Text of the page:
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|Has the corporate world suffered an ethical meltdown? Jay Kennedy argues that to get socially responsible business we need to appeal to the moral values of the people who work in and own them - not pander to self-interest.|
‘Businesses are there to make lots of money for their shareholders. They are not there to care’. OK, I’ve paraphrased, but basically that’s what the economist Milton Friedman meant when he said: ‘The social responsibility of business is to increase its profits.’
Friedman’s view has arguably been the dominant attitude of much of the business community and a fair swathe of political opinion for the past 30 or 40 years. But it would appear that the Prime Minister does not agree with it.
In a recent speech David Cameron suggested that business also has a moral responsibility to society. He lauded some of the businesses which he believes are showing moral leadership, and gently urged the business community to be more transparent and honest about this. He claimed that corporate social responsibility (CSR) has made great strides in recent years.
In fact he went even further in asserting that ‘Business is the most powerful force for social progress the world has ever known’. Well, certainly it has a massive social impact, but I’d part ways in describing it as ‘social progress’. I’m clearly not alone - 86% of our enews readers also disagreed with the PM in our recent enews survey.
So wishful thinking – perhaps aspirational rhetoric at best. I think I’d share much of his ambition but question most of his assessment. On the whole I just don’t see the evidence of the sea change that he was talking about.
Doesn’t the recent financial collapse illustrate that the corporate business world has suffered a kind of ethical meltdown? The institutions at the very top of the business system – banks, insurance companies, investment funds – clearly lost their way to such an extent that they nearly bankrupted not only themselves, but also the country and much of the planet. Governance? Failed. Leadership? Failed. Wealth creation? Failed. In fact, much of the ‘wealth’ turned out to be electronic funny money based on not very much of anything.
Of course there is plenty of blame to share around. Government let it happen, and our insatiable consumer desires ultimately made it possible. But look at who is now paying the cost for this failure - poor single mums, isolated older folks, people living with disabilities, sick children.
Clearly, there is a serious need for the ethical and moral framework of business to be refreshed, renewed, reinvigorated. What is needed is a more fundamental reboot – not a PR makeover.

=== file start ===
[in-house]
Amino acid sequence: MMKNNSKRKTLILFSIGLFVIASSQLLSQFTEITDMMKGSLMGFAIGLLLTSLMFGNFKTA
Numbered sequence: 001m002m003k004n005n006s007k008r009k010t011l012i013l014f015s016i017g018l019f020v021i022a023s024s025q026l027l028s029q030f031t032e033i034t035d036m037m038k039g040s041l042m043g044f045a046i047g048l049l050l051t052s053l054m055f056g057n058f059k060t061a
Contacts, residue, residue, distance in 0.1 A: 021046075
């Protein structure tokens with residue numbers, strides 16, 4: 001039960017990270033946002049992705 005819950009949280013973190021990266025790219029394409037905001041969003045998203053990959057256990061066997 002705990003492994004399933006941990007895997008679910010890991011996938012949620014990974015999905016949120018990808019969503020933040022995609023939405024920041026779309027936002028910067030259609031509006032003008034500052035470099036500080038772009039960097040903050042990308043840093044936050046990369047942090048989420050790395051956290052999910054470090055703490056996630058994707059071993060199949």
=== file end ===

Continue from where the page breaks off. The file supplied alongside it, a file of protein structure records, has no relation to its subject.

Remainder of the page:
What would that look like? Is it truly and genuinely on offer? We can and must do far better than the frankly lame Every Business Commits document the Prime Minister mentioned in his speech.
Too many of the debates about CSR and corporate philanthropy at the moment are just asking the wrong questions and will get the wrong answers as a result. To argue that in order to demonstrate moral responsibility business needs incentives, to be shown ‘what’s in it for them’, or that charities need to ‘argue the business case’ for support is completely the wrong place to start.
Such approaches are symptomatic of the current disease, not the recipe for a cure. For us, they reflect how far the compass has swung in the wrong direction, not the way forward. Instead, we need to appeal not to the self-interest of business, but to the moral interest of the people who own, manage and work for them.
It’s important to be clear: business people are not necessarily any less moral than the rest of us who work in other spheres. Millions of business people across the country remain responsible and valued citizens, who care for others. They help bring prosperity to our communities and are our charity donors, volunteers, trustees.
DSC’s argument is that to achieve real change, we need to appeal to the moral values these people have as human beings – to their sense of caring, of altruism. It’s a profound mistake to assume that business people are one-dimensional creatures who are only interested in money or gaining some kind of strategic advantage for their organisation. And if those are our expectations, isn’t it more likely that the behaviour will follow?
In the wider society, we also have to counter the notion that the drive for profit gives the business community as a whole – and our biggest corporations in particular – an opt-out clause when it comes to acting in a morally responsible fashion. In fact, being in a position of great power should mean we should expect a higher moral standard from these organisations and the people who run them. We should expect them to be paragons of generosity and civic dedication.